Borghesani says another “major problem” is the policing of the host community agreements. Municipalities are allowed to impose a local tax of up to 3 percent on marijuana retail sales, as well as a “community impact fee” of up to 3 percent of gross annual sales that is “reasonably related to the costs imposed upon the municipality” by the company. But as The Boston Globe has reported, some towns and cities are demanding even more from dispensaries seeking a host community agreement.
“The cannabis legislation allows communities a total of six percent of gross sales, a figure far beyond anything any other business pays, and towns are making operators pay even more,” Borghesani said. “It’s unfair, and it should be stopped.”
The CCC ruled in August that it wasn’t clear that they had the legal authority to do anything about the payments, which sparked criticism from the activist community. Hoffman told the Herald last month that they might ask state legislators to explicitly outlaw the excessive payments when they revisit the current regulations, but added that the CCC is still in “assessment mode” and that “most of the cities and towns are playing the game the right way.”
“If we feel there is a need for legislative action, we’ll go when the Legislature reconvenes, which I think is late January, and ask them for help,” he said. “But we haven’t made that determination yet.”
How will the state crack down on stoned drivers?
As legal weed becomes increasingly available, local officials have been raising alarms about the dangers of marijuana-impaired driving, which remains as illegal as ever. Some studies have found an increase in crashes involving drivers with marijuana in their systems in states that previously legalized the drug for recreational use.
“We are very concerned that this will happen in Massachusetts as well,” says Jeff Larason, the highway safety director for the state’s Executive Office of Public Safety and Security.
Marijuana activists dispute the evidence of increased impaired driving in states with legal weed. First, testing for marijuana impairment is an inexact science and the evidence is less clearcut than it may be perceived. Borghesani says the research is “too inconclusive [with regards to] actual increases in cannabis-impaired driving” and that any upticks could be attributed to increased enforcement for the drug, as opposed to more drivers under the influence.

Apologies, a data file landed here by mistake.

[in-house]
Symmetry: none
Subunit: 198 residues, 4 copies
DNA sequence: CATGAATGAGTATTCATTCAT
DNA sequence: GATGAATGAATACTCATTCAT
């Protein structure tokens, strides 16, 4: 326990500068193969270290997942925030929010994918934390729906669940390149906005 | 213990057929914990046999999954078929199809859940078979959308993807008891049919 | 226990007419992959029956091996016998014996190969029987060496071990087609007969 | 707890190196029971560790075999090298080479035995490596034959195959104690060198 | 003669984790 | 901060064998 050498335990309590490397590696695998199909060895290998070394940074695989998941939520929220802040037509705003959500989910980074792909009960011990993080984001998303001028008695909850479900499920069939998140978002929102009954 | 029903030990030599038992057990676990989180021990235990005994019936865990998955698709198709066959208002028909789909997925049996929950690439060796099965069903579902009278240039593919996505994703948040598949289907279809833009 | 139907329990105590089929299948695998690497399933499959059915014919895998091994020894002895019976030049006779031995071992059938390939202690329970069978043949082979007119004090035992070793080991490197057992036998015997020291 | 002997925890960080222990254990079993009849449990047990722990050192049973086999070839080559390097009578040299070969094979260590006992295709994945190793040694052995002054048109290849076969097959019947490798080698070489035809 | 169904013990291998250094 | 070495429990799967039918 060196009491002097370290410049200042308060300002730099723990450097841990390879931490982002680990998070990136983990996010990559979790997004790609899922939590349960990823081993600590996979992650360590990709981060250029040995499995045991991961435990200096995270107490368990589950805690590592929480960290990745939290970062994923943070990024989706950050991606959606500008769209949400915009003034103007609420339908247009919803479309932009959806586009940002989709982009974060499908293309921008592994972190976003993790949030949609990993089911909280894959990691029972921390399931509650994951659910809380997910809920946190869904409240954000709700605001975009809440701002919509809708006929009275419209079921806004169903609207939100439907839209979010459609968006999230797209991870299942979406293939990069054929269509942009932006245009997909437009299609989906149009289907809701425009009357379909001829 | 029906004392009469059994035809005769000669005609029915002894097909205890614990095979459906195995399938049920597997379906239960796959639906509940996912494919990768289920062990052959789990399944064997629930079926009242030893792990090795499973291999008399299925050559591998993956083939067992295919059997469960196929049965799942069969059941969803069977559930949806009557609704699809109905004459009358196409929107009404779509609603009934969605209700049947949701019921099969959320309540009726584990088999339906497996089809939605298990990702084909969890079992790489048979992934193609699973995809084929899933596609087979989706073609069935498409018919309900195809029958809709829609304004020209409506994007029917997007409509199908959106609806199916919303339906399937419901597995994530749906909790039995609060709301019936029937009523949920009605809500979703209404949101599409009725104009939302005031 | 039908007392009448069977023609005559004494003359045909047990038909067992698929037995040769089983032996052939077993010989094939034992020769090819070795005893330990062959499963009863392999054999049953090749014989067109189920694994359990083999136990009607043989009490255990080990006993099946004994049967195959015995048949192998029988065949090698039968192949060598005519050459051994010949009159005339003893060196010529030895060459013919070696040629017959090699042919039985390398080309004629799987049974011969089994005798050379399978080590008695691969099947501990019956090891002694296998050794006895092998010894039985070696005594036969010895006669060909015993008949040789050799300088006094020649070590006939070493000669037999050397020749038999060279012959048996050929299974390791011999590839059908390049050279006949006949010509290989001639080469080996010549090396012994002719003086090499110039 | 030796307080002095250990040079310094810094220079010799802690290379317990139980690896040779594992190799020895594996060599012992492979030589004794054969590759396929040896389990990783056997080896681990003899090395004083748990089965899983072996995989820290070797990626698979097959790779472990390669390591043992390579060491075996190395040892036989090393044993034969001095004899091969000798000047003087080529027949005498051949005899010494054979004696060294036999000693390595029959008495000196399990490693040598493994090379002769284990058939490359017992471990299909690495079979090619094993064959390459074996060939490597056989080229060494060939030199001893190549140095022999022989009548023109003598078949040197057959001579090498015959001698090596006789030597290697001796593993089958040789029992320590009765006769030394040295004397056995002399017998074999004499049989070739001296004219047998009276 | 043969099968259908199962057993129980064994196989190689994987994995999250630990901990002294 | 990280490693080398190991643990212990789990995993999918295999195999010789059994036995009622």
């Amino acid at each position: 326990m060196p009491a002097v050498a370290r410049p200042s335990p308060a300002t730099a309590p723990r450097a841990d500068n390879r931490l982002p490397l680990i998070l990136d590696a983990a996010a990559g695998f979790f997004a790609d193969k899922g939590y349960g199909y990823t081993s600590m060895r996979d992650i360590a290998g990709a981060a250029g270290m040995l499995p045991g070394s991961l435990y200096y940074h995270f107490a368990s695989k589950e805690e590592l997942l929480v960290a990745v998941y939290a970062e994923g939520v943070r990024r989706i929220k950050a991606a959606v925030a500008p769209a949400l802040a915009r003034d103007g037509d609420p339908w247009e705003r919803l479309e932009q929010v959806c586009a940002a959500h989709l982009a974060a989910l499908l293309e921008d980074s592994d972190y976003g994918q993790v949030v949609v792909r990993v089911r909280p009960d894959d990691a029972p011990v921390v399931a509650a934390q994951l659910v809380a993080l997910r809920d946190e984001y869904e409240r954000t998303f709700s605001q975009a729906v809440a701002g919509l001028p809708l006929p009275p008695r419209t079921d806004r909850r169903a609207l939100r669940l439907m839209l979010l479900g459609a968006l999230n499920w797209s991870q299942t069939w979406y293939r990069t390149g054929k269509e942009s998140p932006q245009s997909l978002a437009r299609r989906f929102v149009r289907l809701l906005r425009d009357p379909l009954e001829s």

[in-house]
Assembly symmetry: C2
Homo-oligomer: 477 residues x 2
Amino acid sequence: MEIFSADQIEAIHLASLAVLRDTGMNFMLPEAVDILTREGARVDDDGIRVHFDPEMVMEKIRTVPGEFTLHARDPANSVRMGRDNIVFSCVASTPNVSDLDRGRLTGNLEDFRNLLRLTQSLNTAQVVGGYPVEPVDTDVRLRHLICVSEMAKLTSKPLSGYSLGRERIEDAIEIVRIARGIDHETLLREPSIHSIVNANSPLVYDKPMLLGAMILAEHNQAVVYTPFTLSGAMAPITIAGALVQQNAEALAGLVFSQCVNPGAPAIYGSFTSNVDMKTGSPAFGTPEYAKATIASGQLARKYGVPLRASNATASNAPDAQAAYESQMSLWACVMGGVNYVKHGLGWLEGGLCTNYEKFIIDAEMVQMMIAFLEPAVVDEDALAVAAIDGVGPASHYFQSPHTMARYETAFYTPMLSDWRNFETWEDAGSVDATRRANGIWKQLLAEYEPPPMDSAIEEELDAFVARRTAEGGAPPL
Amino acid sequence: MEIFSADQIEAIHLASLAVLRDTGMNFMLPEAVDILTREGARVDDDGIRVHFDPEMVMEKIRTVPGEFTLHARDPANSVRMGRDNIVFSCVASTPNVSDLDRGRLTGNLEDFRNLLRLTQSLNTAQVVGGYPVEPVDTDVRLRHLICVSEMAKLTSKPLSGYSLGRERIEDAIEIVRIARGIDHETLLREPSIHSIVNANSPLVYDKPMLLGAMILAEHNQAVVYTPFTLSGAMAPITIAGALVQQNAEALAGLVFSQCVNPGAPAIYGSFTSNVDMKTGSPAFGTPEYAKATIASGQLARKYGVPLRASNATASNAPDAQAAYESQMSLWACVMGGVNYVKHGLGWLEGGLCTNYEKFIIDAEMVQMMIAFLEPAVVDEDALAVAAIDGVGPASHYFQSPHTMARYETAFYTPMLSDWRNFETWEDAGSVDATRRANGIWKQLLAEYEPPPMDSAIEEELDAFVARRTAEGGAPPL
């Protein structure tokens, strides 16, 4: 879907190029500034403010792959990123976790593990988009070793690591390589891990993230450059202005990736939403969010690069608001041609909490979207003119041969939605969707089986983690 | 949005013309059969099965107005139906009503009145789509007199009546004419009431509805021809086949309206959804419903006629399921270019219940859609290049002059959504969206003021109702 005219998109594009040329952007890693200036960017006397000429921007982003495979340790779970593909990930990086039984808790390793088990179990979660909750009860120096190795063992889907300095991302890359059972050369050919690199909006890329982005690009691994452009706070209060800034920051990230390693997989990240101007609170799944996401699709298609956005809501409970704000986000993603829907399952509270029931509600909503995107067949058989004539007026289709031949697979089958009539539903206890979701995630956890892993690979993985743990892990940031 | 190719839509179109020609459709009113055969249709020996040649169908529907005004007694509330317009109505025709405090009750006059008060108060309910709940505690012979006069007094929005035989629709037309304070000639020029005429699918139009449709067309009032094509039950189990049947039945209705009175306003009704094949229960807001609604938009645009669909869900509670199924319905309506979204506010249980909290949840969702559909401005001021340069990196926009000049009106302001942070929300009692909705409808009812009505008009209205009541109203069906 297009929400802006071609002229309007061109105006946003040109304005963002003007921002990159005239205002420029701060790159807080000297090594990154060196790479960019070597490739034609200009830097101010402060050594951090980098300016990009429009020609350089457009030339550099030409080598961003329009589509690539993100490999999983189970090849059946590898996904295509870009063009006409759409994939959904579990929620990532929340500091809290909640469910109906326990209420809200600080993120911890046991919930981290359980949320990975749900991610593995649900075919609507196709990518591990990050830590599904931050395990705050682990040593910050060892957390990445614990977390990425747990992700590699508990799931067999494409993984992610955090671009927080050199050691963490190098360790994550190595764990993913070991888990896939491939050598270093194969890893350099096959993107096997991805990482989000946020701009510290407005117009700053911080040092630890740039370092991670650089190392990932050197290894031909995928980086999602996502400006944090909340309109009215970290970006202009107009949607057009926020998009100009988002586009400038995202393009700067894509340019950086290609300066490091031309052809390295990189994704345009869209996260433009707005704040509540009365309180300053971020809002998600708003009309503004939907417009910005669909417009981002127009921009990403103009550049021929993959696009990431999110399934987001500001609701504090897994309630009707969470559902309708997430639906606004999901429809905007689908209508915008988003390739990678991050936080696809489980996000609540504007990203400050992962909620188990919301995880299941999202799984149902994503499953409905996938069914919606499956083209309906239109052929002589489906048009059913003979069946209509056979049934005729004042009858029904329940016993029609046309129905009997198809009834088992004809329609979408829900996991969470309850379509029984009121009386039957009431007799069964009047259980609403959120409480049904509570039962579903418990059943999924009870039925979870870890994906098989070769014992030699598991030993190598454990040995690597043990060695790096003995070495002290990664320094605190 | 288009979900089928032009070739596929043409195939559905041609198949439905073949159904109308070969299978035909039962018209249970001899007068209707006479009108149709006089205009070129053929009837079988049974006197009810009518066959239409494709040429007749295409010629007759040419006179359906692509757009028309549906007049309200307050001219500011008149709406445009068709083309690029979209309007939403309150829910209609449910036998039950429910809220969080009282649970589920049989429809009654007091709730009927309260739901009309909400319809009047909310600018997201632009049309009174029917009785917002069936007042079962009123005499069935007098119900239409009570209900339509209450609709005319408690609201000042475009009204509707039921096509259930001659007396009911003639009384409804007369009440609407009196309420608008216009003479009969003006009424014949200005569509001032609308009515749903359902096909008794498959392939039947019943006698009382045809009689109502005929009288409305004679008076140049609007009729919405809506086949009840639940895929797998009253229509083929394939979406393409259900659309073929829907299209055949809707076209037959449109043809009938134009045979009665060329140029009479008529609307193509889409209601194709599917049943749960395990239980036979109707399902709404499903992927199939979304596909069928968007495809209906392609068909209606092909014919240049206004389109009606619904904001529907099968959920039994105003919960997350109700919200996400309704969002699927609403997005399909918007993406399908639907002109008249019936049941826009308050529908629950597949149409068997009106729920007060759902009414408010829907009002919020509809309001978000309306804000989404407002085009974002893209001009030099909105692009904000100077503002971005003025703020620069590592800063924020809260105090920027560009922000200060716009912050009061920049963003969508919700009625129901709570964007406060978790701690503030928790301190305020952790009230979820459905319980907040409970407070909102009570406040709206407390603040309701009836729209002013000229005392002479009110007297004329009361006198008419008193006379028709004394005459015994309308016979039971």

“They may be nabbing a higher percentage of the same number of impaired drivers,” he said.
Nevertheless, Massachusetts was among six states to receive a federal grant last month to provide “instrumental” training to 450 officers on detecting drug-impaired drivers and getting them off the road. Larason says the funds will be used to provide police officers Advanced Roadside Impaired Driving Enforcement (ARIDE) training, a two-day course on drug impairment in the context of traffic safety.
The grants can also be used to train Drug Recognition Experts. Earlier this year, public safety officials on the CCC’s Special Commission on Operating Under the Influence said the state needed to ramp up the number of its DREs as more pot shops open. But Larason said not all officers are cut out for the more extensive training.
“Because of the complexity and technical aspects of the DRE training, not all police officers may be suited for the training,” he said.
The CCC’s OUI special commission also voted late last month to ask legislators to extend the state’s “implied consent” law to drug-impaired driving. As it currently applies to alcohol, the law says that drivers implicitly agree to submit to a breathalyzer, if suspected of drunken driving, and can lose their license if they refuse to do so.
Massachusetts is one of five states without implied consent for drug-impaired driving. The special panel wants lawmakers to change that.
“We are going to really encourage the Legislature to strengthen the law in the areas where it needs to be strengthened to deal with impaired motorists from drugs,” John Scheft, a lawyer and OUI commission member, told MassLive.
However, in the absence of any reliable roadside test for marijuana impairment, civil liberties advocates say the state shouldn’t be expanding the implied consent law based off its current 12-step test.
“Our position is if a motorist faces legal penalties for refusing to take a test, that test should be based on evidence and science,” Matt Allen, the ACLU’s representative on the OUI commission, told MassLive.
Allen reportedly said he would like to see more studies done to scientifically validate the current test before making any recommendations to lawmakers. Either way, it’s another complex debate the Legislature may take up in the upcoming session.
There is also the simple and less controversial public awareness campaign that state officials launched ahead of the new year.
“One challenge is to get the community of users to recognize the dangers, to take it seriously, and to support safety,” Larason said. “We are concerned about drivers who use to the point of impairment. Just as with alcohol there are responsible users and levels/types of use that may not create dangers on the roads. From a safety side, we prefer that all drivers are sober, whether it’s alcohol, marijuana, or some other drug — legal or not.”